Astronomers discover one of biggest black holes ever recorded

A novel method that could help astronomers find thousands more of the ravenous celestial beasts in the future years has been used to find one of the biggest black holes ever seen.

According to a recent research, the ultramassive black hole, one of only four ever seen, has a mass greater than 30 billion times that of the Sun.

The gravitational lensing phenomenon, which causes light coming from a faraway galaxy to appear to enlarge and bend inwards, revealing the existence of a dark giant, has been used for the first time to detect a black hole.

Lead author of the research and Durham University astronomer James Nightingale told AFP that the procedure was "like shining light through the base of a wine glass."

He said it was "very fortunate" that the light from a galaxy in the far reaches of the cosmos, about two billion light years away, came so near to this black hole.

Given the various methods and uncertainties involved, he continued, it was impossible to say for sure whether it was even the largest black hole ever observed.

At the center of galaxies, supermassive black holes use their powerful gravitational force to eat stars like dust specks, not even permitting light to escape.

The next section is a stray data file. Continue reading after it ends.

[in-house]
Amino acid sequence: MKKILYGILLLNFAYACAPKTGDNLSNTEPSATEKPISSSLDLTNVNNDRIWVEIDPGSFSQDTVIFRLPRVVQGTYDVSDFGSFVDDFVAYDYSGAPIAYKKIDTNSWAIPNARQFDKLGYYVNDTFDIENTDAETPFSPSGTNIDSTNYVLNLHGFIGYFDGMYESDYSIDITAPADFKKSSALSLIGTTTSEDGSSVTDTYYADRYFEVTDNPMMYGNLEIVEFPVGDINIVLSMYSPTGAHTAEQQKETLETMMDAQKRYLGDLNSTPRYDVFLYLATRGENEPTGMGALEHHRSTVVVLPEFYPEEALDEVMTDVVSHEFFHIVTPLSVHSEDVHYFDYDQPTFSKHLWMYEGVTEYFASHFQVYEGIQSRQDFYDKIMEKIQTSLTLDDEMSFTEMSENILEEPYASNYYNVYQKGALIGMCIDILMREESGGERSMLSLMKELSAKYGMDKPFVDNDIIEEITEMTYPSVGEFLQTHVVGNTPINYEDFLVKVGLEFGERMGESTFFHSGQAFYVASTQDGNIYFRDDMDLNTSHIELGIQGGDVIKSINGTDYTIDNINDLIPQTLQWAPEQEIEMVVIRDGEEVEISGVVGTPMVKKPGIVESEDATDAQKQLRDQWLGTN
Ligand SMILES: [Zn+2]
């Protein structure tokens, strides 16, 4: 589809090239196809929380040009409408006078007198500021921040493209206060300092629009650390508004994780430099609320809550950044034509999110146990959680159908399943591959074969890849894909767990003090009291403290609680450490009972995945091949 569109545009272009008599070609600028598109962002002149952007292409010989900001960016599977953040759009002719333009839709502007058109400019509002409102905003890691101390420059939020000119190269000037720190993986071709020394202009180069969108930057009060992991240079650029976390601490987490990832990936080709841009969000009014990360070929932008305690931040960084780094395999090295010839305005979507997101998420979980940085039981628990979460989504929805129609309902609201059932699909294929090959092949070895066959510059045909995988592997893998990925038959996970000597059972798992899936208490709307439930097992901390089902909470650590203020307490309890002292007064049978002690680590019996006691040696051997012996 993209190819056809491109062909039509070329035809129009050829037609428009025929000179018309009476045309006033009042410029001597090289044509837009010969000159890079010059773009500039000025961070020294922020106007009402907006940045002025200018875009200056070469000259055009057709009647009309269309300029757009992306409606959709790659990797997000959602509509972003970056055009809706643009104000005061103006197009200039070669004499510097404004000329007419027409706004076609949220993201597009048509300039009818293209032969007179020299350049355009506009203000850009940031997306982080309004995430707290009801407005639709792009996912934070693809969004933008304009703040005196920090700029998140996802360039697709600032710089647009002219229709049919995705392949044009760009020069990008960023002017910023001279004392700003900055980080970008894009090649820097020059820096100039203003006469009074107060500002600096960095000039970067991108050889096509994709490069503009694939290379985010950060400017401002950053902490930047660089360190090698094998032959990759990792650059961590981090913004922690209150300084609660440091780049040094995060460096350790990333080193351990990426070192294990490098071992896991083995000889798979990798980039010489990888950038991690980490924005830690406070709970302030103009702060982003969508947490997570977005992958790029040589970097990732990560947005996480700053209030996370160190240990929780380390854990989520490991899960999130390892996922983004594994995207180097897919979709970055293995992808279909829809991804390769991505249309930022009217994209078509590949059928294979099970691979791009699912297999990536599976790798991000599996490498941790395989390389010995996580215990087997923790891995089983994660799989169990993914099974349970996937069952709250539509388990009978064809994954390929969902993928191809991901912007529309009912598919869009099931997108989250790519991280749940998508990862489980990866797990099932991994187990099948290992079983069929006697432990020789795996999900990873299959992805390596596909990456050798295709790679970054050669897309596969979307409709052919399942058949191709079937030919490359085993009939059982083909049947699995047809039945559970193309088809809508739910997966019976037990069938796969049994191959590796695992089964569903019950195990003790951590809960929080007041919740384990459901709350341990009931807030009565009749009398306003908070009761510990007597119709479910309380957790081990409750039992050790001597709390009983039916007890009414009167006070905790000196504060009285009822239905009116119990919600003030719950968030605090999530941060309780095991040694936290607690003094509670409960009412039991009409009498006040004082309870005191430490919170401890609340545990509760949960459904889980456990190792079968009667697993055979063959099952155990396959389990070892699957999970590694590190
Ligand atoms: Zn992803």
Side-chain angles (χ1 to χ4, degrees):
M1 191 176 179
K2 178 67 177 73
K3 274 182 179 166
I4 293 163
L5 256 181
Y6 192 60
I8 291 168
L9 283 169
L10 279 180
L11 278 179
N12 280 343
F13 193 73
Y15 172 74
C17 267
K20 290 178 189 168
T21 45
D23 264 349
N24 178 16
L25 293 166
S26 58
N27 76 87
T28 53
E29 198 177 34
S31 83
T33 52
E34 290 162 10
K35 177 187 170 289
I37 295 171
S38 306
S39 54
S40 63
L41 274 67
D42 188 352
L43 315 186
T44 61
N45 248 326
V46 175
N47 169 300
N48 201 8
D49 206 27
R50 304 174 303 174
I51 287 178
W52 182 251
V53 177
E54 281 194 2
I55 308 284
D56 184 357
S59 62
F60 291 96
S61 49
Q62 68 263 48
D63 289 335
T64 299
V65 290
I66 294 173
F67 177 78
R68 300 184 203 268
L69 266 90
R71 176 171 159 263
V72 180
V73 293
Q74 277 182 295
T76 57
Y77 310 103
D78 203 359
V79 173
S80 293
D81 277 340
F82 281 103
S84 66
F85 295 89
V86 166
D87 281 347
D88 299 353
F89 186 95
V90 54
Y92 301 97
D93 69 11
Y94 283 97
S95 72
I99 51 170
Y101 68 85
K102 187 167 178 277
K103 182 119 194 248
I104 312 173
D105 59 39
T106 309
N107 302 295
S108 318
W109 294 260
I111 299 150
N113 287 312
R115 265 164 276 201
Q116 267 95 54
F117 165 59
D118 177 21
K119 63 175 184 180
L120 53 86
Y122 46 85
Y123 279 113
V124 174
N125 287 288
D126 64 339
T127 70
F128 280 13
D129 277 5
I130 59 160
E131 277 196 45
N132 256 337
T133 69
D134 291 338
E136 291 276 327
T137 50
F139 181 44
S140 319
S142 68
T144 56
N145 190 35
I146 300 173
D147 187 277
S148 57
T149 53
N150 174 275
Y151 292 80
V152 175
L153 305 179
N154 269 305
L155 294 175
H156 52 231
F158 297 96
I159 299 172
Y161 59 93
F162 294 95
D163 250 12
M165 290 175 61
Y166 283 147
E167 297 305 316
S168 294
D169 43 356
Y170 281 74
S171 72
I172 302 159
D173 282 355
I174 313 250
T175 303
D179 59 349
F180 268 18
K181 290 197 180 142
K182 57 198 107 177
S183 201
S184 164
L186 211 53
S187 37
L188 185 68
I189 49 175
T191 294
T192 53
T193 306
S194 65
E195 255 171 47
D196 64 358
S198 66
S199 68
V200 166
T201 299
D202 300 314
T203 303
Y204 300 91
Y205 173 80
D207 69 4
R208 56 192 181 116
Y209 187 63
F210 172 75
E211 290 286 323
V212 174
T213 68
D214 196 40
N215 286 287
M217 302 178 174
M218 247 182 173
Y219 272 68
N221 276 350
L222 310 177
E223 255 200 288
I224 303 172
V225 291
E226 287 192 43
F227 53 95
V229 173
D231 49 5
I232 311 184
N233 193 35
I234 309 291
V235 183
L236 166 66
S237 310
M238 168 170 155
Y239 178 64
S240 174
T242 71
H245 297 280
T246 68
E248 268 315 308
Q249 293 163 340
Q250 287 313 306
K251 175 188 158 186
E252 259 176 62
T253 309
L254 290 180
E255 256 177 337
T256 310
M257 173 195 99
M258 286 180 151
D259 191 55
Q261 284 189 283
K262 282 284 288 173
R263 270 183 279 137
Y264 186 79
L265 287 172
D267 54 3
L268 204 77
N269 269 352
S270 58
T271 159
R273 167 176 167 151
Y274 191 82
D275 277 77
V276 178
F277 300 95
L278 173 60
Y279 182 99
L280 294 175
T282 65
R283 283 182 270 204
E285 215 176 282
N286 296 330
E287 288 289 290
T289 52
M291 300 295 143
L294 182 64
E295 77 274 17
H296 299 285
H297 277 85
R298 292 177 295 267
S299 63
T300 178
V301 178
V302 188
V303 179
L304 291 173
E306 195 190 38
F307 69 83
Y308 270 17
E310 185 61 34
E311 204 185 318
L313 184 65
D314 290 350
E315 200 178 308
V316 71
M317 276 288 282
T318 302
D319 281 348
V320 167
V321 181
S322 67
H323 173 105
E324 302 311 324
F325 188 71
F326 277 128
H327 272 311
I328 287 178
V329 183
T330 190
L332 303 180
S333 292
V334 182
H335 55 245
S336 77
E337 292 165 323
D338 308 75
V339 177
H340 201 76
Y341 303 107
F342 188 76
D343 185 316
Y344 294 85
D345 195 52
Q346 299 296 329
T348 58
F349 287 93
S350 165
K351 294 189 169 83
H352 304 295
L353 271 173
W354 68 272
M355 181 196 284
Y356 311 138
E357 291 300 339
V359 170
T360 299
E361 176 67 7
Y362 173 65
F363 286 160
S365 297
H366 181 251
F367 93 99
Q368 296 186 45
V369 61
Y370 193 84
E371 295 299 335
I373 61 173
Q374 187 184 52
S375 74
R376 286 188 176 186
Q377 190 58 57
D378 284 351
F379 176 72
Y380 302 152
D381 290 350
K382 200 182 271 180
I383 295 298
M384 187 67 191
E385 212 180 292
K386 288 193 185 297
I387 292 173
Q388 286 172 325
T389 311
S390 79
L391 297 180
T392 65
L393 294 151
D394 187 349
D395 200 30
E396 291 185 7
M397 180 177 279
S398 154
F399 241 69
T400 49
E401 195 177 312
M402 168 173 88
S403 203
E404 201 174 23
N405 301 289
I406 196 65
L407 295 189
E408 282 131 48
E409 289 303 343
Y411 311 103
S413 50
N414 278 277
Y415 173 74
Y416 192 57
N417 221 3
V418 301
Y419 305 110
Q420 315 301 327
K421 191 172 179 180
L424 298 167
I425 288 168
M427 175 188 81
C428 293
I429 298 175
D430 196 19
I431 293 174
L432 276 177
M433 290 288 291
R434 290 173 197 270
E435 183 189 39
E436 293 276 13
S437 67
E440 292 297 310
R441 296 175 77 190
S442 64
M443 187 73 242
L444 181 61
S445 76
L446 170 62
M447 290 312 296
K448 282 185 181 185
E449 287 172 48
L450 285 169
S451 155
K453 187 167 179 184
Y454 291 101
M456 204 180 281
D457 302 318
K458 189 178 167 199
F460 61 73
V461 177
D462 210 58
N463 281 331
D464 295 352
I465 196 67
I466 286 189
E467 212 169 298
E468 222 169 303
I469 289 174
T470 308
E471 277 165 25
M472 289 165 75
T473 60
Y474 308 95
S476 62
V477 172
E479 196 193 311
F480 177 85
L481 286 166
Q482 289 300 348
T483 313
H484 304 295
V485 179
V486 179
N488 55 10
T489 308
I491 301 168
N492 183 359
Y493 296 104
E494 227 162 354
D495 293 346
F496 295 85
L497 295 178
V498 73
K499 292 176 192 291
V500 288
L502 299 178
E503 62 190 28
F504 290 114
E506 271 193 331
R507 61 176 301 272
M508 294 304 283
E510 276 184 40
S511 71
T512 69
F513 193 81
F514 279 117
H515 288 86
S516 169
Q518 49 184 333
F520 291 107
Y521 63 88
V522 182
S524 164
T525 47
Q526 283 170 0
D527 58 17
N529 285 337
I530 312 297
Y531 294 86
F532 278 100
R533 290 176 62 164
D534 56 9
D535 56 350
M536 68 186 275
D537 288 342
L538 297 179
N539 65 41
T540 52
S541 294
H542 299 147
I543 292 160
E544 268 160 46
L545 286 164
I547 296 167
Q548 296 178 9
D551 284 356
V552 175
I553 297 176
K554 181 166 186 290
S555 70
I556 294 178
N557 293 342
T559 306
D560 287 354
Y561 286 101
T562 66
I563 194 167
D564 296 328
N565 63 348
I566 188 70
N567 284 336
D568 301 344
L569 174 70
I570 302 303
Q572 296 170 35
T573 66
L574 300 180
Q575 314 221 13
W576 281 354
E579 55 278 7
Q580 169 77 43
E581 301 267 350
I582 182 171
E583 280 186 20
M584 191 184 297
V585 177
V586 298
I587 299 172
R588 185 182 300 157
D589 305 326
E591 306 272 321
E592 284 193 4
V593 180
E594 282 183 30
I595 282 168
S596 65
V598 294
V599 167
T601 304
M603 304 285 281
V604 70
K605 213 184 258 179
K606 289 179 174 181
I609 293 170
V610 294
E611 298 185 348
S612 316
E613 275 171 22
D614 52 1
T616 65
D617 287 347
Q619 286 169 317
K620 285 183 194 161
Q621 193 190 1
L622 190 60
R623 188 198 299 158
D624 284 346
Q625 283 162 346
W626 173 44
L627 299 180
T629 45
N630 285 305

Previous black holes of this magnitude have been seen by monitoring the orbital speed of stars that pass by them or by observing the enormous quantity of light that their voracious devouring emits at the edges.

However, these methods are only effective for planets that are near to the Earth.

- The environment will "dramatically change"

Astronomers can "discover black holes in the other 99 percent of galaxies that are currently inaccessible" thanks to gravitational lensing, according to Nightingale.

There are presently about 500 gravitational foci that are known, and we now know that at least one of them is a supermassive black hole.

However, Nightingale warned that "the landscape is about to dramatically change."

By building a massive, high-resolution map of the cosmos, the European orbit Agency's Euclid mission, which is scheduled to launch into orbit in July, will usher in the "big data era" for the study of black holes, according to him.

Nightingale added that 100,000 new gravity foci might be discovered by Euclid in the upcoming six years, which could lead to the discovery of thousands of previously undiscovered black holes.

The most recent revelation was supported by computer models and Hubble Space Telescope images, which also helped the researchers rule out alternative hypotheses like an excess of dark matter.

According to Nightingale, the enormous magnitude is also compatible with what would be predicted for a black hole at the center of its massive host galaxy.

The galaxy, known as Abell 1201, has a total mass that is more than a trillion times that of the Sun, so it should have an especially massive black hole at its center.

On Tuesday, the research was released in the astronomy publication Monthly Notices of the Royal Astronomical Society.